Direct Sums

Let $R_1,...,R_m$ be rings. Then the direct sum of $R_1,...,R_m$ is the ring

\[ R = R_1 \oplus ... \oplus R_m = \oplus_{i=1}^n R_i = \sum_{i=1}^n R_i = {\{ { (x_1,...,x_m)|x_i \in A_i }\}} \]

with coordinatewise addition and multiplication. The projection mapping $p_i :R \rightarrow R_i$ for each $i$ is an onto ring homomorphism defined by $p(x_1,...,x_m) = x_i$.

Let $R$ be a ring and $J_1,...,J_n\triangleleft R$. Define $\phi:R\rightarrow \oplus_{i=1}^n R_i$ by

\[ \phi: x \mapsto (J_1 + x ,...,J_n +x) \]

, so $\phi$ is a ring homomorphism with $ker\phi = { \cap_{i=1}^n { J_i} }$.


1. $\phi$ is injective if and only if $\cap_{i=1}^n J_i = \{0\}$

2. $\phi$ is surjective if and only if $J_i , J_k$ are coprime for $i \ne k$

3. If $J_i , J_k$ are coprime for $i \ne k$ then $\prod_{i=1}^n J_i =\cap_{i=1}^n J_i$.

Proof: (1) is clear.

For (2), suppose $\phi$ is surjective. Then for some $x\in R$ we have $(J_1 +x,...,J_n +x) =(J_1 +1,J_2,...,J_n)$, thus $x \in (J_1 + 1)\cap J_2$, hence $1 = (1 - x) + x \in J_1 + J_2$, so $J_1, J_2$ are coprime. Similarly, $J_i, J_k$ are coprime whenever $i \ne k$.

Conversely, suppose $J_i, J_k$ are coprime for $i \ne k$. Then for all $k\ge 2$ there exists some $u_k\in J_1, v_k\in J_k$ with $u_k + v_k = 1$. Let $a \in R$. Set $x = a v_2 ... v_n$. Then $x\in J_k$ for $k\ge 2$, and

\[ x = a(1-u_2)...(1-u_n) = a + (\text { terms containing } u_i) \in J_1 + a \]

So $\phi(x) = (J_1 + a, J_2,...,J_n)$. Similarly for any $i$, we can show $(J_1, ..., J_i + a, ,...,J_n) \in im \phi$. Hence for any $a_1,...,a_n \in R$ we have $(J_1 + a_1 ,..., J_n + a_n) = \sum_{i=1}^n (J_1,...,J_i + a_i,...,J_n) \in im \phi$.

(3) Suppose $J_i, J_k$ are coprime for $i \ne k$. For $n=2$ we have $J_1 \cap J_2 = J_1 J_2$ since $J_1, J_2$ are coprime. Now suppose $n \gt 2$ and $\prod_{i=1}^{n-1} J_i = \cap_{i=1}^{n-1} J_i$. Write $K = \prod_{i=1}^{n-1} J_i$. Since for all $i = 1,...,n-1$ there exists $x_i \in J_i, y_i \in J_n$ with $x_i + y_i = 1$,we have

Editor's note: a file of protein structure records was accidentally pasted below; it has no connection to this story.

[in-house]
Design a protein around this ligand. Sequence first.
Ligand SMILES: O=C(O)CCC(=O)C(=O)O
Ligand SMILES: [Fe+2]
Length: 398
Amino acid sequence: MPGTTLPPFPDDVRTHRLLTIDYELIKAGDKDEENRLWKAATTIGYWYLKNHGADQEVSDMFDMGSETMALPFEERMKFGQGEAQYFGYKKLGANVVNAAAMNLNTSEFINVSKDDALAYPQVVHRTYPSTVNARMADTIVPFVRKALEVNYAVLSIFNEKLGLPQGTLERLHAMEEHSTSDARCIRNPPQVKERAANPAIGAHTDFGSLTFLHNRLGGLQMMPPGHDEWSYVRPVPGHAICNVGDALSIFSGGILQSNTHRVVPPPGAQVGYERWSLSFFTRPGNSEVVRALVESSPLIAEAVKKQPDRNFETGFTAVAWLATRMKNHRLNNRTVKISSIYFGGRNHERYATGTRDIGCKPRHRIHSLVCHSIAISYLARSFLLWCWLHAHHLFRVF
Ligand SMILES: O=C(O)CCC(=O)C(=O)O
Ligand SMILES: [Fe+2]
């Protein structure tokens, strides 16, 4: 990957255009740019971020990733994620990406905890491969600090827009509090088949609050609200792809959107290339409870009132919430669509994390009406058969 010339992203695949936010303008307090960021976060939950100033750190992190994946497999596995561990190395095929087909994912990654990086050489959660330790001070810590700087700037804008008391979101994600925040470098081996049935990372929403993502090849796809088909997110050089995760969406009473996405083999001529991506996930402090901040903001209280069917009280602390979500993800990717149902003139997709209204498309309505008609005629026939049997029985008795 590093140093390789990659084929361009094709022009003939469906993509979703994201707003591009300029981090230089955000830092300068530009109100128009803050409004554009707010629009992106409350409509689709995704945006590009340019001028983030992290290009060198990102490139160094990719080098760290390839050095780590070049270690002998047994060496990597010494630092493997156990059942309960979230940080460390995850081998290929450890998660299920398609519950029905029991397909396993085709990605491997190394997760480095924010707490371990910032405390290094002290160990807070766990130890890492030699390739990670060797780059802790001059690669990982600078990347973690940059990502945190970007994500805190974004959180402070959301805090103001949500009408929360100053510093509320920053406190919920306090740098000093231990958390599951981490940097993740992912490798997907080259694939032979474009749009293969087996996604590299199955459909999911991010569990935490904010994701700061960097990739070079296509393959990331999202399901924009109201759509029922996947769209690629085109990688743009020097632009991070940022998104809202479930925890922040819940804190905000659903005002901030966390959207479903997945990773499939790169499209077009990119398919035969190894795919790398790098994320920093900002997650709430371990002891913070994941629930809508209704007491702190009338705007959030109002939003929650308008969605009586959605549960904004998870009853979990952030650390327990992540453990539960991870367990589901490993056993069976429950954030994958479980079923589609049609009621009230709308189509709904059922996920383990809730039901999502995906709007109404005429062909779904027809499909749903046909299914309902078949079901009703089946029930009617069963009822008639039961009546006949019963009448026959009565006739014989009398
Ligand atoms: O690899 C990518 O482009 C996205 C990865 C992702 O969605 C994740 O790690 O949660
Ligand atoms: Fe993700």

\[ \array { 1 &=& 1 - (x_1...x_{n-1}) + (x_1...x_{n-1}) \\ &=& 1 - ((1-y_1)...(1-y_{n-1})) +(x_1...x_{n-1}) \\ &=& 1 - (1 + y) + x } \]

for some $y \in J_n, x\in K$. Thus $1 \in J_n + K$. Hence

\[ {\prod_{i=1}^n J_i} = K J_n = K \cap J_n \]

since $J_n, K$ are coprime.

Theorem: Let $R$ be a ring. Then:

1. Let $J_1,...,J_n\triangleleft R$ and $P$ be a prime ideal of $R$ with $P \supset \cap_{i=1}^n J_i$. Then $P \supset J_k$ for some $k$. Futhermore if $P = \cap_{i=1}^n J_i$ then $P = J_k$ for some $k$.

2. Let $P_1,...,P_n$ be prime ideals of $R$ and suppose $J\triangleleft R$ satisfies $J\subset \cup_{i=1}^n P_i$. Then $J \subset P_i$ for some $i$.

Proof: (1) Suppose $P$ does not contain any of the $J_i$. Then for all $i$, choose some $x_i \in J_i\setminus P$. Set $y = x_1...x_n$. Then $y \in \cap_{i=1}^n \subset P$. But since $P$ is prime, for some $k$ we have $x_k\in P$, a contradiction. Hence $P \supset J_i$.

Next suppose $P = \cap_{k=1}^n J_k$. Then $J_i\subset P\subset J_i$.

(2) If $n=1$ then $J\subset P_1$. This is the basis of an induction. We shall show that for some $j = 1,...,n$, we have $J\subset \cup_{i\ne j} P_i$, from which the result follows.

Suppose not. Then for all $j=1,..,n$ choose $x_j \in J\setminus \cup_{i\ne j}P_i$. Since $J \subset \cup_{i=1}^n P_i$ we must have $x_j \in P_j$ for each $j = 1,...,n$. Set

\[ y = \sum_{j=1}^n x_1...x_{j-1}x_{j+1}...x_n \]

Then $y \in J = \cup_{i=1}^n P_i$ so $y \in P_k$ for some $k =1,...,n$. But this means

\[ x_1...x_{k-1}x_{k+1}...x_n = y-\sum_{j\ne k} x_1...x_{j-1}x_{j+1}...x_n \in P_k , \]

and since $P_k$ is prime, we have $x_j \in P_k$ for some $j \ne k$, a contradiction.